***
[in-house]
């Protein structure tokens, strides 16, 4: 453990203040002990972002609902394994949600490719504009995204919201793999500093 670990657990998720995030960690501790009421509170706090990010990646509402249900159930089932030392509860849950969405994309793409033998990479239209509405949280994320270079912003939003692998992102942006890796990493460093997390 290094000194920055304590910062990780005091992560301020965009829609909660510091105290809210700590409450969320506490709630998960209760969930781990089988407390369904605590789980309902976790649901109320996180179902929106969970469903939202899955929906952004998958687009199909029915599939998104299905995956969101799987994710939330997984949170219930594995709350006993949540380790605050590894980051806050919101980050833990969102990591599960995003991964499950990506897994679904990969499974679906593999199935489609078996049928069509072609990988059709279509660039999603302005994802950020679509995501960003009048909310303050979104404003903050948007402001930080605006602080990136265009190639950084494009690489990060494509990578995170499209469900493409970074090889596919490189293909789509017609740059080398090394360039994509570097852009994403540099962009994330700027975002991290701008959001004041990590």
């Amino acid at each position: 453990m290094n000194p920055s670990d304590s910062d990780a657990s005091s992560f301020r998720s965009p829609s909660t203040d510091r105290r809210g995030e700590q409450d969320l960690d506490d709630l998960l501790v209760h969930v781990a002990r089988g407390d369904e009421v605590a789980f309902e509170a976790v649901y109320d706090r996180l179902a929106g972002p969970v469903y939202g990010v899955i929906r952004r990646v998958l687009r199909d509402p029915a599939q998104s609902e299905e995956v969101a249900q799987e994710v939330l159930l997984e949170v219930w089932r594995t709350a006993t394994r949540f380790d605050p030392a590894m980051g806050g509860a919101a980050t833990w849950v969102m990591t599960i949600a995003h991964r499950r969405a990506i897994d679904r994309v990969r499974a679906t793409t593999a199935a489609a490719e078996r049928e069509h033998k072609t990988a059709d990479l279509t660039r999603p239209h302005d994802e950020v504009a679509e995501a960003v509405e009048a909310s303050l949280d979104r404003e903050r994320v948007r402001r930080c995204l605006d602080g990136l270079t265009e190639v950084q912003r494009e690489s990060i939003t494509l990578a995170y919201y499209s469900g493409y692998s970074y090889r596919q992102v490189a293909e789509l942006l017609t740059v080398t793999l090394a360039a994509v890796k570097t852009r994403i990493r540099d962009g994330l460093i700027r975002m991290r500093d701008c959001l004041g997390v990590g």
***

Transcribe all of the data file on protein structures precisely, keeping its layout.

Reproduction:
[in-house]
């Protein structure tokens, strides 16, 4: 453990203040002990972002609902394994949600490719504009995204919201793999500093 670990657990998720995030960690501790009421509170706090990010990646509402249900159930089932030392509860849950969405994309793409033998990479239209509405949280994320270079912003939003692998992102942006890796990493460093997390 290094000194920055304590910062990780005091992560301020965009829609909660510091105290809210700590409450969320506490709630998960209760969930781990089988407390369904605590789980309902976790649901109320996180179902929106969970469903939202899955929906952004998958687009199909029915599939998104299905995956969101799987994710939330997984949170219930594995709350006993949540380790605050590894980051806050919101980050833990969102990591599960995003991964499950990506897994679904990969499974679906593999199935489609078996049928069509072609990988059709279509660039999603302005994802950020679509995501960003009048909310303050979104404003903050948007402001930080605006602080990136265009190639950084494009690489990060494509990578995170499209469900493409970074090889596919490189293909789509017609740059080398090394360039994509570097852009994403540099962009994330700027975002991290701008959001004041990590």
């Amino acid at each position: 453990m290094n000194p920055s670990d304590s910062d990780a657990s005091s992560f301020r998720s965009p829609s909660t203040d510091r105290r809210g995030e700590q409450d969320l960690d506490d709630l998960l501790v209760h969930v781990a002990r089988g407390d369904e009421v605590a789980f309902e509170a976790v649901y109320d706090r996180l179902a929106g972002p969970v469903y939202g990010v899955i929906r952004r990646v998958l687009r199909d509402p029915a599939q998104s609902e299905e995956v969101a249900q799987e994710v939330l159930l997984e949170v219930w089932r594995t709350a006993t394994r949540f380790d605050p030392a590894m980051g806050g509860a919101a980050t833990w849950v969102m990591t599960i949600a995003h991964r499950r969405a990506i897994d679904r994309v990969r499974a679906t793409t593999a199935a489609a490719e078996r049928e069509h033998k072609t990988a059709d990479l279509t660039r999603p239209h302005d994802e950020v504009a679509e995501a960003v509405e009048a909310s303050l949280d979104r404003e903050r994320v948007r402001r930080c995204l605006d602080g990136l270079t265009e190639v950084q912003r494009e690489s990060i939003t494509l990578a995170y919201y499209s469900g493409y692998s970074y090889r596919q992102v490189a293909e789509l942006l017609t740059v080398t793999l090394a360039a994509v890796k570097t852009r994403i990493r540099d962009g994330l460093i700027r975002m991290r500093d701008c959001l004041g997390v990590g």